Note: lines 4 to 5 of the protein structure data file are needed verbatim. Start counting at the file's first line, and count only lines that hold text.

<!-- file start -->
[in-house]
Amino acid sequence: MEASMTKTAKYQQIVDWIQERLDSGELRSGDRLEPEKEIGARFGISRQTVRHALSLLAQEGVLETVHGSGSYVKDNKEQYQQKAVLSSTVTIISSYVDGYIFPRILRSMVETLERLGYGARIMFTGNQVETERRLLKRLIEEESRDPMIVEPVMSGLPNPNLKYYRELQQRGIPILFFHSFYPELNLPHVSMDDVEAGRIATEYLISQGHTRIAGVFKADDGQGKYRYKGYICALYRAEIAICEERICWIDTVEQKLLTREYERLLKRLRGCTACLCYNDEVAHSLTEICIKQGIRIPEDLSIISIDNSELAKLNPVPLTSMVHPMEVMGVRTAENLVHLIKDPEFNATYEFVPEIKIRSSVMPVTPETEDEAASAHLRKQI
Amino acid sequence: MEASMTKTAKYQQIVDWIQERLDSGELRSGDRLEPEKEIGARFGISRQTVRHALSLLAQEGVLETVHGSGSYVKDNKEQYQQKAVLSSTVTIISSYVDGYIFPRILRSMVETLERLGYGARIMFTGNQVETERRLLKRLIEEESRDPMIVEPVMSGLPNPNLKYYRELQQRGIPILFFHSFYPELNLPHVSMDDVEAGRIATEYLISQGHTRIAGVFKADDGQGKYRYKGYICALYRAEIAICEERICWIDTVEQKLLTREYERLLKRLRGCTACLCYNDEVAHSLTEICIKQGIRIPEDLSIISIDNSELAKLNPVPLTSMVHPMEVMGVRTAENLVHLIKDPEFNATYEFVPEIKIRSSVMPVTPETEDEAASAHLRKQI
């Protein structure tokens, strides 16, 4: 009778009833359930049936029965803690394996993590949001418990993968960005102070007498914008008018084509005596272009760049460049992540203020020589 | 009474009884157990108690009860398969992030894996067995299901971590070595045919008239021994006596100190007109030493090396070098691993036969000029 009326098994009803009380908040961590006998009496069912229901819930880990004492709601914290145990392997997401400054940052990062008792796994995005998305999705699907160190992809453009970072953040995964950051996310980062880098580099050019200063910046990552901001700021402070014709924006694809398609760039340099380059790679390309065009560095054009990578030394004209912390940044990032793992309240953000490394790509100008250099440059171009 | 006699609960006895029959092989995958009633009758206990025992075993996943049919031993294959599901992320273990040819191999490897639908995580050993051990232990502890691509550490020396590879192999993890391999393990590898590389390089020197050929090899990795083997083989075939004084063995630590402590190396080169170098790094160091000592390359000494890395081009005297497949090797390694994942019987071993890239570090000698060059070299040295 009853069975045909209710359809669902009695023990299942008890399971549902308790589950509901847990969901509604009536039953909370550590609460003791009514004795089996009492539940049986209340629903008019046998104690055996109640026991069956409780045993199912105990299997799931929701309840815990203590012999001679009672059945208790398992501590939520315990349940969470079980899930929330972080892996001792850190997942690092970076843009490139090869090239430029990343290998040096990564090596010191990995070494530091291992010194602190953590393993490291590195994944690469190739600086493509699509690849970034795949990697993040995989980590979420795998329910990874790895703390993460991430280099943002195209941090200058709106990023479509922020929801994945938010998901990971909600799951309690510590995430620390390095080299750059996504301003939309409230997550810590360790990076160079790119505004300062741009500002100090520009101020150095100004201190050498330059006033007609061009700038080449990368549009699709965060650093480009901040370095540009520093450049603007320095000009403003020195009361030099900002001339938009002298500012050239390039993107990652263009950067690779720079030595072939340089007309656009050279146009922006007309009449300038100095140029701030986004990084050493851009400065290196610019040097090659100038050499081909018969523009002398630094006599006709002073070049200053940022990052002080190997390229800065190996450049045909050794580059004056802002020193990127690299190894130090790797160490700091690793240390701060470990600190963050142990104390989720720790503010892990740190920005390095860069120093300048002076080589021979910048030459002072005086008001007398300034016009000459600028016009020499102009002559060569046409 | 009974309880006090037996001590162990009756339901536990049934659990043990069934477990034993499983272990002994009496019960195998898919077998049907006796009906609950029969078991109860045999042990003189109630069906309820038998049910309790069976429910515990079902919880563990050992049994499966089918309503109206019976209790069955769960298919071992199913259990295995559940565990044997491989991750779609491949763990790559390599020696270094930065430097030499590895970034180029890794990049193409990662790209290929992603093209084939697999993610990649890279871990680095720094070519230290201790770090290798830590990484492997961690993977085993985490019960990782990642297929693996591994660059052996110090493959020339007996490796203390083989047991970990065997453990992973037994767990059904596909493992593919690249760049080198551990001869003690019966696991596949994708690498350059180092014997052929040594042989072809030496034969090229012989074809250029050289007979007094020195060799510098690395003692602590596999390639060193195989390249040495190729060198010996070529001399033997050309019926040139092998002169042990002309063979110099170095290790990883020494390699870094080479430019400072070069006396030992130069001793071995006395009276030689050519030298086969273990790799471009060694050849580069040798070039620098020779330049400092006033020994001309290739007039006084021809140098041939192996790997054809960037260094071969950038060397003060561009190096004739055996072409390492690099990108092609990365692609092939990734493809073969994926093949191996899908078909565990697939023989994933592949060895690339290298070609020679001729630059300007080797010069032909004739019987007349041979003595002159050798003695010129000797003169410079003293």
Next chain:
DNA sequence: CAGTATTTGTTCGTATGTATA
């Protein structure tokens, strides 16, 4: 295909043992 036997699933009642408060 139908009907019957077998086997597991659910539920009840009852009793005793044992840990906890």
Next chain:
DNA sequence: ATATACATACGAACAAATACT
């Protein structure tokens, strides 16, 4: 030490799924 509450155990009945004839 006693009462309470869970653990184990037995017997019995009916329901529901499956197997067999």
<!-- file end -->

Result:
């Protein structure tokens, strides 16, 4: 009778009833359930049936029965803690394996993590949001418990993968960005102070007498914008008018084509005596272009760049460049992540203020020589 | 009474009884157990108690009860398969992030894996067995299901971590070595045919008239021994006596100190007109030493090396070098691993036969000029 009326098994009803009380908040961590006998009496069912229901819930880990004492709601914290145990392997997401400054940052990062008792796994995005998305999705699907160190992809453009970072953040995964950051996310980062880098580099050019200063910046990552901001700021402070014709924006694809398609760039340099380059790679390309065009560095054009990578030394004209912390940044990032793992309240953000490394790509100008250099440059171009 | 006699609960006895029959092989995958009633009758206990025992075993996943049919031993294959599901992320273990040819191999490897639908995580050993051990232990502890691509550490020396590879192999993890391999393990590898590389390089020197050929090899990795083997083989075939004084063995630590402590190396080169170098790094160091000592390359000494890395081009005297497949090797390694994942019987071993890239570090000698060059070299040295 009853069975045909209710359809669902009695023990299942008890399971549902308790589950509901847990969901509604009536039953909370550590609460003791009514004795089996009492539940049986209340629903008019046998104690055996109640026991069956409780045993199912105990299997799931929701309840815990203590012999001679009672059945208790398992501590939520315990349940969470079980899930929330972080892996001792850190997942690092970076843009490139090869090239430029990343290998040096990564090596010191990995070494530091291992010194602190953590393993490291590195994944690469190739600086493509699509690849970034795949990697993040995989980590979420795998329910990874790895703390993460991430280099943002195209941090200058709106990023479509922020929801994945938010998901990971909600799951309690510590995430620390390095080299750059996504301003939309409230997550810590360790990076160079790119505004300062741009500002100090520009101020150095100004201190050498330059006033007609061009700038080449990368549009699709965060650093480009901040370095540009520093450049603007320095000009403003020195009361030099900002001339938009002298500012050239390039993107990652263009950067690779720079030595072939340089007309656009050279146009922006007309009449300038100095140029701030986004990084050493851009400065290196610019040097090659100038050499081909018969523009002398630094006599006709002073070049200053940022990052002080190997390229800065190996450049045909050794580059004056802002020193990127690299190894130090790797160490700091690793240390701060470990600190963050142990104390989720720790503010892990740190920005390095860069120093300048002076080589021979910048030459002072005086008001007398300034016009000459600028016009020499102009002559060569046409 | 009974309880006090037996001590162990009756339901536990049934659990043990069934477990034993499983272990002994009496019960195998898919077998049907006796009906609950029969078991109860045999042990003189109630069906309820038998049910309790069976429910515990079902919880563990050992049994499966089918309503109206019976209790069955769960298919071992199913259990295995559940565990044997491989991750779609491949763990790559390599020696270094930065430097030499590895970034180029890794990049193409990662790209290929992603093209084939697999993610990649890279871990680095720094070519230290201790770090290798830590990484492997961690993977085993985490019960990782990642297929693996591994660059052996110090493959020339007996490796203390083989047991970990065997453990992973037994767990059904596909493992593919690249760049080198551990001869003690019966696991596949994708690498350059180092014997052929040594042989072809030496034969090229012989074809250029050289007979007094020195060799510098690395003692602590596999390639060193195989390249040495190729060198010996070529001399033997050309019926040139092998002169042990002309063979110099170095290790990883020494390699870094080479430019400072070069006396030992130069001793071995006395009276030689050519030298086969273990790799471009060694050849580069040798070039620098020779330049400092006033020994001309290739007039006084021809140098041939192996790997054809960037260094071969950038060397003060561009190096004739055996072409390492690099990108092609990365692609092939990734493809073969994926093949191996899908078909565990697939023989994933592949060895690339290298070609020679001729630059300007080797010069032909004739019987007349041979003595002159050798003695010129000797003169410079003293």
Next chain: